In spring 1951, the artist-organized Ninth Street Show catalyzed the formation of artist-run galleries in lower Manhattan. The show’s location – in a vacant store at 60 East Ninth Street – and the opportunity to see recent works by more than fifty established and emerging artists drew attention to inexpensive spaces east of Broadway. Rents for vacant commercial properties along Tenth Street were under $100 per month, and the low cost attracted groups of artists to rent space under cost sharing agreements, a system known as “co-ops.” By the late 1950s another gallery type emerged, the short-lived, self-financed galleries that focused on experiments in artists’ lofts in various downtown neighborhoods. Experimentation incubated new art practices – environments, performance, geometric objects, participatory art, and political art. Importantly, artists were themselves defining and promoting the projects.
Artist galleries supported more than the visual artists who exhibited; the spaces became vital centers for dialogue and debate, forging alliances across disciplines, and among poets, writers, critics, musicians, photographers, and filmmakers. Artist galleries radically expanded the parameters for visual art, and in so doing the artists and the exhibitions they produced became an important subject for filmmakers. This four-part series of short films examines three themes inspired by New York’s Downtown gallery culture: “Lives of Artists,” intimate portraits of artists at work; “Exhibition as Stage,” subjective views of artist performances that resonates as part documentary and part visual experiment, and “Artists Make Movies,” searing statements in film or video representing the artist’s aesthetic concerns.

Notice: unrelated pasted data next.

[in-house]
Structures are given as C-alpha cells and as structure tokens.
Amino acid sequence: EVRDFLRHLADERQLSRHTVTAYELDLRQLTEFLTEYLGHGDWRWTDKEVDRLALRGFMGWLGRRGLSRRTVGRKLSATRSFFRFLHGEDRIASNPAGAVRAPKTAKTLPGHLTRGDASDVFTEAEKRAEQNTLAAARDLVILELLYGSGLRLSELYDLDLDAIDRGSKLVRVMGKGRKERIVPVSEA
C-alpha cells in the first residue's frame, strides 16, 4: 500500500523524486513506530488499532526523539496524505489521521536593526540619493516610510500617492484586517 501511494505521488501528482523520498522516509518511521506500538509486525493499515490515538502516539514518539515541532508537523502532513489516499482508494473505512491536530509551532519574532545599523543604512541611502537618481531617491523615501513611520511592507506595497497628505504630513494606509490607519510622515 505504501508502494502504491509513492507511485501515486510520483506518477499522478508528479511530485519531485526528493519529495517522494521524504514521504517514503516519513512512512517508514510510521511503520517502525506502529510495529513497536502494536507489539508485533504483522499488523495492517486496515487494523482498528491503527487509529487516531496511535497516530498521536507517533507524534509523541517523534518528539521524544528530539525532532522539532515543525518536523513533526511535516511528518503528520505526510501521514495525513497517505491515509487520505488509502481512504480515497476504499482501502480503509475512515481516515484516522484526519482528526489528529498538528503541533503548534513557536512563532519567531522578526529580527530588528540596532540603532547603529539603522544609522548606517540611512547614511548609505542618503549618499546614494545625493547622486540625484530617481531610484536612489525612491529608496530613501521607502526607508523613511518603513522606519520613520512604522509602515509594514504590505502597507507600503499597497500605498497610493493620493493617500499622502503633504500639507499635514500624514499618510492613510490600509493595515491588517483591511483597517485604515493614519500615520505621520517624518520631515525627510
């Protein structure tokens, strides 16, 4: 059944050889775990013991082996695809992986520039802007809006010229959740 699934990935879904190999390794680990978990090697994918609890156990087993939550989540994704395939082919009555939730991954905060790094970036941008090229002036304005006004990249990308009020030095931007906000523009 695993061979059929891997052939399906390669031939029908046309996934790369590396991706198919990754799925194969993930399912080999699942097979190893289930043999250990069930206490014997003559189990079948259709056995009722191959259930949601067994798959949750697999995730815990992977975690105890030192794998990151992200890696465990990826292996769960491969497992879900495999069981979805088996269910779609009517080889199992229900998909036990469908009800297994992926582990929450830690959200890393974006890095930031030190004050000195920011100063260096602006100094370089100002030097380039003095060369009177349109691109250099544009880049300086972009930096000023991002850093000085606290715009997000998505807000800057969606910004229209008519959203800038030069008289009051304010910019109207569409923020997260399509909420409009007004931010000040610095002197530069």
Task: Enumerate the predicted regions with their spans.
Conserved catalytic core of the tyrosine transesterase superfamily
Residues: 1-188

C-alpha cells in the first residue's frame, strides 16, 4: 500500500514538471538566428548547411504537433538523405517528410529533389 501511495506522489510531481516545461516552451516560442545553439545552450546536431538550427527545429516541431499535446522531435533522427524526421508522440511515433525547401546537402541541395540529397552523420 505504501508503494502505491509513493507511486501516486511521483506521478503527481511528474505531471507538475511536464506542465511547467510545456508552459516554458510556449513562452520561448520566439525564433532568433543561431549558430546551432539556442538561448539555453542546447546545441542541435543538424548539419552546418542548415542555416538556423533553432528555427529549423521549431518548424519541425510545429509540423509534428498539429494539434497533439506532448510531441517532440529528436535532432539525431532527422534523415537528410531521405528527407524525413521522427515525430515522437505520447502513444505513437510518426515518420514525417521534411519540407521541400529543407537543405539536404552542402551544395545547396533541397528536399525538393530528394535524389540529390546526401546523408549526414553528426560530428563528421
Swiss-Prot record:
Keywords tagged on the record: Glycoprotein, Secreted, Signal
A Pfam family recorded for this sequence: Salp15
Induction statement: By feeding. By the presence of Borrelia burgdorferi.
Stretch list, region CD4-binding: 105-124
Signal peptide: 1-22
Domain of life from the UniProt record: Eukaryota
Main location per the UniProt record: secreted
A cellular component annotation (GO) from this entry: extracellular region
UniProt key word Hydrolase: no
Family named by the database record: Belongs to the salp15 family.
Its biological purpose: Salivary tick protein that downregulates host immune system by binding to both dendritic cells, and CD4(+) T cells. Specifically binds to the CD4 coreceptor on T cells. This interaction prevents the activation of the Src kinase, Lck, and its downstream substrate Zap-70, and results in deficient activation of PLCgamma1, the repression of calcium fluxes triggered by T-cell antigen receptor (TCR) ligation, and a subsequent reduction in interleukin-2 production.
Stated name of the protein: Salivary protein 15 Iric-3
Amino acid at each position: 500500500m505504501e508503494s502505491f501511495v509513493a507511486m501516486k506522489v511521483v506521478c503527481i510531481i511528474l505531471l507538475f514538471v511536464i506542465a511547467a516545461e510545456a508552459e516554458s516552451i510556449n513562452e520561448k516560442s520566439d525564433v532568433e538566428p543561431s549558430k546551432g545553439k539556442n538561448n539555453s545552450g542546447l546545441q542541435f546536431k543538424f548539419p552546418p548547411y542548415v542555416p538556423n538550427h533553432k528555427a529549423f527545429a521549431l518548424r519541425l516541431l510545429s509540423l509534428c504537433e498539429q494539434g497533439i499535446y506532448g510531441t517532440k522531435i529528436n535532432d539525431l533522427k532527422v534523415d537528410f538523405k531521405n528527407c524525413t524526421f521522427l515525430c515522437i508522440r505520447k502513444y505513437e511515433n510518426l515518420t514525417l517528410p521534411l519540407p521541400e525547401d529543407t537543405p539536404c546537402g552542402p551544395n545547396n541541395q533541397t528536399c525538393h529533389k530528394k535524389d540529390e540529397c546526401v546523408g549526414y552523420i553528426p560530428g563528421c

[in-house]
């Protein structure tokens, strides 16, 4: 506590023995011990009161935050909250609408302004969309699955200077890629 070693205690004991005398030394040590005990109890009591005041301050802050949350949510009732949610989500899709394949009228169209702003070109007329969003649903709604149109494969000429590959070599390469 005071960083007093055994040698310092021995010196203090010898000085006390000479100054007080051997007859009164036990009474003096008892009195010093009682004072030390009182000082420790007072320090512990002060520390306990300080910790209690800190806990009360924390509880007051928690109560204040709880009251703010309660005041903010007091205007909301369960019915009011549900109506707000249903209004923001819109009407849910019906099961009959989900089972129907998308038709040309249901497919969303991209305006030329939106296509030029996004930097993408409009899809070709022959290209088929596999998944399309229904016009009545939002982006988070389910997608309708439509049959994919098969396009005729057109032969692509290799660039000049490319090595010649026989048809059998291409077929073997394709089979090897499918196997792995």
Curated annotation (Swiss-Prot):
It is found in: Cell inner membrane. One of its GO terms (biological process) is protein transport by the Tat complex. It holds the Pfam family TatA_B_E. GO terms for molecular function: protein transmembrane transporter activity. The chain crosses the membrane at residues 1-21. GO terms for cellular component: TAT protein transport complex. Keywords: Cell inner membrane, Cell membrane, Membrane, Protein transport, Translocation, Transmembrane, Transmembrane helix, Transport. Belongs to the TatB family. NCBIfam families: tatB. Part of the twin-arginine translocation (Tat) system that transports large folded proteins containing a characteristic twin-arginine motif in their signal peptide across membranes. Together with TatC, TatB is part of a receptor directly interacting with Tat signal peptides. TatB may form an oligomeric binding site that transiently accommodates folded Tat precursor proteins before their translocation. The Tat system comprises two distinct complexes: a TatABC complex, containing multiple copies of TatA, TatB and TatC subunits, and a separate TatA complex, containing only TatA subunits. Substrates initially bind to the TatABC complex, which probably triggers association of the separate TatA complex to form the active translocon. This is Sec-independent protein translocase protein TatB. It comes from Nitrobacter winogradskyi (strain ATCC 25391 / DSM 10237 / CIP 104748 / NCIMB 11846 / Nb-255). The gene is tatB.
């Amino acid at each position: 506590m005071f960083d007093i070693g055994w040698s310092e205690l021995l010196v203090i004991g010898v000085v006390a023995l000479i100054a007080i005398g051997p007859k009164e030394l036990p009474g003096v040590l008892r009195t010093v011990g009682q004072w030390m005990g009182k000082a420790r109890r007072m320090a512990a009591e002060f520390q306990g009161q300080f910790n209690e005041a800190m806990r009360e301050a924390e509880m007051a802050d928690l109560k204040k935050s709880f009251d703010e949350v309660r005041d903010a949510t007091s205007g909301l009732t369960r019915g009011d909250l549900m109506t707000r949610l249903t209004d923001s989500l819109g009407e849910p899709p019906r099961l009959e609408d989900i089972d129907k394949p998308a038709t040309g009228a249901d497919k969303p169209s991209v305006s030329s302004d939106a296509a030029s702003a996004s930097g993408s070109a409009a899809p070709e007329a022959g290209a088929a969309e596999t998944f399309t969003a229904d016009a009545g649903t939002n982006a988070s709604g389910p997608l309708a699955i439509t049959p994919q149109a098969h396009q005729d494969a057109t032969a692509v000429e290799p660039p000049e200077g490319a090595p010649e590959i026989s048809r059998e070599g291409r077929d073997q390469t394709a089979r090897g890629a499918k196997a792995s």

This series is presented in conjunction with the NYU Grey Art Gallery’s exhibition “Inventing Downtown: Artist-Run Galleries in New York City, 1952-1965,” which is on view January 10-April 1; for more info, visit: greyartgallery.nyu.edu. And for further Anthology programming relating to the exhibition, click here and here.